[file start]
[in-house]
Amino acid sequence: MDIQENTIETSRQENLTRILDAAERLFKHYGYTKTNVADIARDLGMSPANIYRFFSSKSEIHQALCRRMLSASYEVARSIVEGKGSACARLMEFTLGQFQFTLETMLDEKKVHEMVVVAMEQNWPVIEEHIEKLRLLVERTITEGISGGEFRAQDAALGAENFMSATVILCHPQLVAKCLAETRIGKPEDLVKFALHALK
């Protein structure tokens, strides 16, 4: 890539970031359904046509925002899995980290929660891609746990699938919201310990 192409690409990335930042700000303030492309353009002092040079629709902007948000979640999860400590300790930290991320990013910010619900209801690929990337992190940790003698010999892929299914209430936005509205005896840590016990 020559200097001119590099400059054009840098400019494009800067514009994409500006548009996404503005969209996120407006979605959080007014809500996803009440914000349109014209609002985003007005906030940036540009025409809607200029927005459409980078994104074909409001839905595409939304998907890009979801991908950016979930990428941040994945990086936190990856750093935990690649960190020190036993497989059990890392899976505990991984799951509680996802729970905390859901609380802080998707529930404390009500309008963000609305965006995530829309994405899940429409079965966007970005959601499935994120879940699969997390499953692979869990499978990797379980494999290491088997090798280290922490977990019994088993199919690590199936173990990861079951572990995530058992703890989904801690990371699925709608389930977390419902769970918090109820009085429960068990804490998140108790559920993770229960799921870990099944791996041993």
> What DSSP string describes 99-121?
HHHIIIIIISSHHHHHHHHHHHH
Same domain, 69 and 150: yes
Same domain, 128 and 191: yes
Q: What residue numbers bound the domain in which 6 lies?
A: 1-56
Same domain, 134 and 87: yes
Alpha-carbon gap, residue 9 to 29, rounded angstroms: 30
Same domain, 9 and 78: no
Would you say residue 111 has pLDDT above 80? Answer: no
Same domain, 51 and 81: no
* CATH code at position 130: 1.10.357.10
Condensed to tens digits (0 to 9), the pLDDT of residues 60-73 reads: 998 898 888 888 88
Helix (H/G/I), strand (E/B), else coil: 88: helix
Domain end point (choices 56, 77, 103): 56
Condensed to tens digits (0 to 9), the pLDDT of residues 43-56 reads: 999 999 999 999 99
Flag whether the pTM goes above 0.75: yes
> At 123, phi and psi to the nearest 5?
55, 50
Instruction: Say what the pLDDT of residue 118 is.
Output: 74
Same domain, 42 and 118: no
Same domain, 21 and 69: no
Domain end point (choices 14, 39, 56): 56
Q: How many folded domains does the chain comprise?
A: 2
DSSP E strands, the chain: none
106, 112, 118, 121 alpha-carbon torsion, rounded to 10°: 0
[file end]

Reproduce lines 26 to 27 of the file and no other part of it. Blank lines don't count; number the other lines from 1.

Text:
Same domain, 21 and 69: no
Domain end point (choices 14, 39, 56): 56